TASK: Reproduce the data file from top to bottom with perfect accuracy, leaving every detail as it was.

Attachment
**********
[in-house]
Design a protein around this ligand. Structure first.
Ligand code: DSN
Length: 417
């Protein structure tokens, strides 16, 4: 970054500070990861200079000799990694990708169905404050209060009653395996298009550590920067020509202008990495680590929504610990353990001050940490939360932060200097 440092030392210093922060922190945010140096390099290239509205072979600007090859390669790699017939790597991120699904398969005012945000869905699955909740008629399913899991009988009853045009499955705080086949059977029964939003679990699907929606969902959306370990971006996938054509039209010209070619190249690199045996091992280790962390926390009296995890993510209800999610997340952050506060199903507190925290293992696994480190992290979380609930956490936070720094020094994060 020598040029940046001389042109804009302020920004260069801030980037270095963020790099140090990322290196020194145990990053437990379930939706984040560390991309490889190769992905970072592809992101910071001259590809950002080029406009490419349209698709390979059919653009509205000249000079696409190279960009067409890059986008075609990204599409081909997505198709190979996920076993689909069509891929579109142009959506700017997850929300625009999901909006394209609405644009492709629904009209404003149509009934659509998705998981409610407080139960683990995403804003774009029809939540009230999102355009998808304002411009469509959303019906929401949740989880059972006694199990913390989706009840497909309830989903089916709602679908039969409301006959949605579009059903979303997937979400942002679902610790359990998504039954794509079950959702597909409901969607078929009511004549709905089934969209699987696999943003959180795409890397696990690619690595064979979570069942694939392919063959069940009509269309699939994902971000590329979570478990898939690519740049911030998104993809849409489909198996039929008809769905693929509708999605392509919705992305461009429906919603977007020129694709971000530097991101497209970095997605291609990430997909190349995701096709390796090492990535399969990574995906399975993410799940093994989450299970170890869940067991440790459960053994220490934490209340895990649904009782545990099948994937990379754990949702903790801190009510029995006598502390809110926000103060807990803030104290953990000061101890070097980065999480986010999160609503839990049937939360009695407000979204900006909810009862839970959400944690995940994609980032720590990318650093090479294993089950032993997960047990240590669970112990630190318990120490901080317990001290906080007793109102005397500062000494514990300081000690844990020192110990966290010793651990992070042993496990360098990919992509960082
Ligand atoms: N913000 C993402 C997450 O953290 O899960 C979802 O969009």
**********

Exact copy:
[in-house]
Design a protein around this ligand. Structure first.
Ligand code: DSN
Length: 417
């Protein structure tokens, strides 16, 4: 970054500070990861200079000799990694990708169905404050209060009653395996298009550590920067020509202008990495680590929504610990353990001050940490939360932060200097 440092030392210093922060922190945010140096390099290239509205072979600007090859390669790699017939790597991120699904398969005012945000869905699955909740008629399913899991009988009853045009499955705080086949059977029964939003679990699907929606969902959306370990971006996938054509039209010209070619190249690199045996091992280790962390926390009296995890993510209800999610997340952050506060199903507190925290293992696994480190992290979380609930956490936070720094020094994060 020598040029940046001389042109804009302020920004260069801030980037270095963020790099140090990322290196020194145990990053437990379930939706984040560390991309490889190769992905970072592809992101910071001259590809950002080029406009490419349209698709390979059919653009509205000249000079696409190279960009067409890059986008075609990204599409081909997505198709190979996920076993689909069509891929579109142009959506700017997850929300625009999901909006394209609405644009492709629904009209404003149509009934659509998705998981409610407080139960683990995403804003774009029809939540009230999102355009998808304002411009469509959303019906929401949740989880059972006694199990913390989706009840497909309830989903089916709602679908039969409301006959949605579009059903979303997937979400942002679902610790359990998504039954794509079950959702597909409901969607078929009511004549709905089934969209699987696999943003959180795409890397696990690619690595064979979570069942694939392919063959069940009509269309699939994902971000590329979570478990898939690519740049911030998104993809849409489909198996039929008809769905693929509708999605392509919705992305461009429906919603977007020129694709971000530097991101497209970095997605291609990430997909190349995701096709390796090492990535399969990574995906399975993410799940093994989450299970170890869940067991440790459960053994220490934490209340895990649904009782545990099948994937990379754990949702903790801190009510029995006598502390809110926000103060807990803030104290953990000061101890070097980065999480986010999160609503839990049937939360009695407000979204900006909810009862839970959400944690995940994609980032720590990318650093090479294993089950032993997960047990240590669970112990630190318990120490901080317990001290906080007793109102005397500062000494514990300081000690844990020192110990966290010793651990992070042993496990360098990919992509960082
Ligand atoms: N913000 C993402 C997450 O953290 O899960 C979802 O969009």